The latest single to ignite the charts, “Hotter Than Fire,” is nothing more than a scheme.
Brett Cohen, a fourth-year media management major, wanted to follow up his first viral video with a second parody he was passionate about.
Cohen said he knew he was not done with parodies after his first venture in July 2012 when he paraded around Times Square with bodyguards and a camera crew, tricking onlookers into believing he was a celebrity.
This time, Cohen said he wanted to show that anyone could create a popular song if they had the right people working with them. He contacted producers Steve Migliore and Mike Rizzo, better known as Mig and Rizzo who have worked with celebrities like Britney Spears, Usher and Taylor Swift.
Cohen said he wanted to poke fun at the industry when he penned the song “Hotter Than Fire” in about 20 minutes, telling producers he wanted it to sound like a compilation of clichés.
“It doesn’t matter what I’m talking about. It’s catchy,” Cohen said. “I’ll never do a song again. I’m not a singer. It’s very much a joke, a satire, a social commentary. It is a formula. It’s more about opening the eyes of the consumer.”
Recording the song, however, took more than seven hours. Cohen admitted it took a lot of work because he is a “terrible” singer.
“You have to at least sing it okay for the producers to make it work, even when using Auto-Tune, where they just hit a key and your voice changes to that exact note,” Cohen said.
To premiere the song and record audience reactions, Cohen and his crew headed to Bliss Lounge in Clifton, N.J. on Jan. 4. Though he was mentioned on the club’s normal distribution flyers, Cohen was not the opener and did not otherwise advertise. He didn’t perform until 1:30 a.m.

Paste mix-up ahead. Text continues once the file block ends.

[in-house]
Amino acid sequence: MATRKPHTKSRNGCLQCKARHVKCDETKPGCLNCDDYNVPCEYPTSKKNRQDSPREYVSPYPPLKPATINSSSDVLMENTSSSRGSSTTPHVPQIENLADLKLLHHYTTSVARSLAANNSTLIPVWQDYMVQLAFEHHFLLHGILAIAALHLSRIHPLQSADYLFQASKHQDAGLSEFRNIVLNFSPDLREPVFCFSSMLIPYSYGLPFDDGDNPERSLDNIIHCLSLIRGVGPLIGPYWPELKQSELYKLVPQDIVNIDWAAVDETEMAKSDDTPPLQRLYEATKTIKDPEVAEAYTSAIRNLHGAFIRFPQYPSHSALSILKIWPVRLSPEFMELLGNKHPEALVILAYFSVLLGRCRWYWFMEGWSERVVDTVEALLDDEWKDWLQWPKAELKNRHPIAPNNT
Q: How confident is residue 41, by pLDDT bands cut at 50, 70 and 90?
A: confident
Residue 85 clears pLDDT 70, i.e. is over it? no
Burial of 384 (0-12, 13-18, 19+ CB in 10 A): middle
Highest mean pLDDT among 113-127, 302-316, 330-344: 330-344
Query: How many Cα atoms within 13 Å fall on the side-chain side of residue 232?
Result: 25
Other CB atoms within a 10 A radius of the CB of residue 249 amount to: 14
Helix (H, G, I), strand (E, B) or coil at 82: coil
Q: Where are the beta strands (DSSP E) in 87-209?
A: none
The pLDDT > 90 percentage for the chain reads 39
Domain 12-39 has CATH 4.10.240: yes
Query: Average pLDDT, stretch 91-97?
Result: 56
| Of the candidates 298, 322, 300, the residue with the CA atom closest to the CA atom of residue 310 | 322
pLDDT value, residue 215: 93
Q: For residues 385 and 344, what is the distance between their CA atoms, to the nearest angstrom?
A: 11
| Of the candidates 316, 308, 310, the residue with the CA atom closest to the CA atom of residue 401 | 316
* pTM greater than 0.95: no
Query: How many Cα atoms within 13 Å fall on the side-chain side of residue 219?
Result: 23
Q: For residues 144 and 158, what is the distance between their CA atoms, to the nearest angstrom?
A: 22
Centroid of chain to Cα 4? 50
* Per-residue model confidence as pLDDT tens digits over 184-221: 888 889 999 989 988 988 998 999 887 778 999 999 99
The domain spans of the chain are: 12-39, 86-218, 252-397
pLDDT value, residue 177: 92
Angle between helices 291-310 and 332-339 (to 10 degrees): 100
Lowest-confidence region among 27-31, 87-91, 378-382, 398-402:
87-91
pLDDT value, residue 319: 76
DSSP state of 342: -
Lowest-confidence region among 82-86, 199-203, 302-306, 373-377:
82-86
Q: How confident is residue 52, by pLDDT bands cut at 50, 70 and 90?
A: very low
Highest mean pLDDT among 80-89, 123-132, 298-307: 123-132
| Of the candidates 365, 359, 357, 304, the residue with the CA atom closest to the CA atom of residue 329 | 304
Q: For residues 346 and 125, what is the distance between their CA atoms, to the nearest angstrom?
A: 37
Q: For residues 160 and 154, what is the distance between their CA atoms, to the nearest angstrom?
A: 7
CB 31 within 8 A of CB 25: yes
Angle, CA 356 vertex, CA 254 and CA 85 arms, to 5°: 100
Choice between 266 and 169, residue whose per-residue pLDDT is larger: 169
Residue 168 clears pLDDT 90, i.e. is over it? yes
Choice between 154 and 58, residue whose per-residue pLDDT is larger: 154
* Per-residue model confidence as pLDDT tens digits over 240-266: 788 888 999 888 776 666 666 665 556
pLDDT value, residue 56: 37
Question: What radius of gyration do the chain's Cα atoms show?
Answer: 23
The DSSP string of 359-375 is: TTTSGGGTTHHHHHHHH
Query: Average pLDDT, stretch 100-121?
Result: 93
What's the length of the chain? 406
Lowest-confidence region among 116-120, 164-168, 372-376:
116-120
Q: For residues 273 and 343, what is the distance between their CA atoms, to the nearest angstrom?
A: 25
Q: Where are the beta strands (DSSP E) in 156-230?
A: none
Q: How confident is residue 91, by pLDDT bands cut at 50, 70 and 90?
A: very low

“The owners had no idea it was a joke,” Cohen said. “More than anything, we confused people. We had six bodyguards and two background dancers doing nothing.”
When the video premiered Jan. 29 at midnight, “Hotter Than Fire” was also released on iTunes and Amazon, just like any other single.
Cohen said having a product released under his name, satirical or not, gave him extra motivation to execute his prank correctly. His crew included six camera men, though the video only used three.
“It was a very good chance it wouldn’t come together — luckily, everything came out perfectly,” Cohen said.“You need to do what you do best and not hold back. [In the first video], if I didn’t have attitude, shoulders back — I usually walk around slumped over — if you go all out, it’s going to work.”
Cohen said his public relations classes with Professor Donna Flayhan were essential for tips on how to get his name out there and impact his public perception. Flayhan discussed Cohen’s first video in her Public Relations Publications class and discussed how he harnessed the viral elements in her classes.
“Like ‘Gangnam Style,’ Susan Boyle, Brett Cohen,
Dancing to ‘Thriller’ in Philippines prison — you have a familiar form with a new twist,” Flayhan said. “You have an authentic element. You have intense emotions.”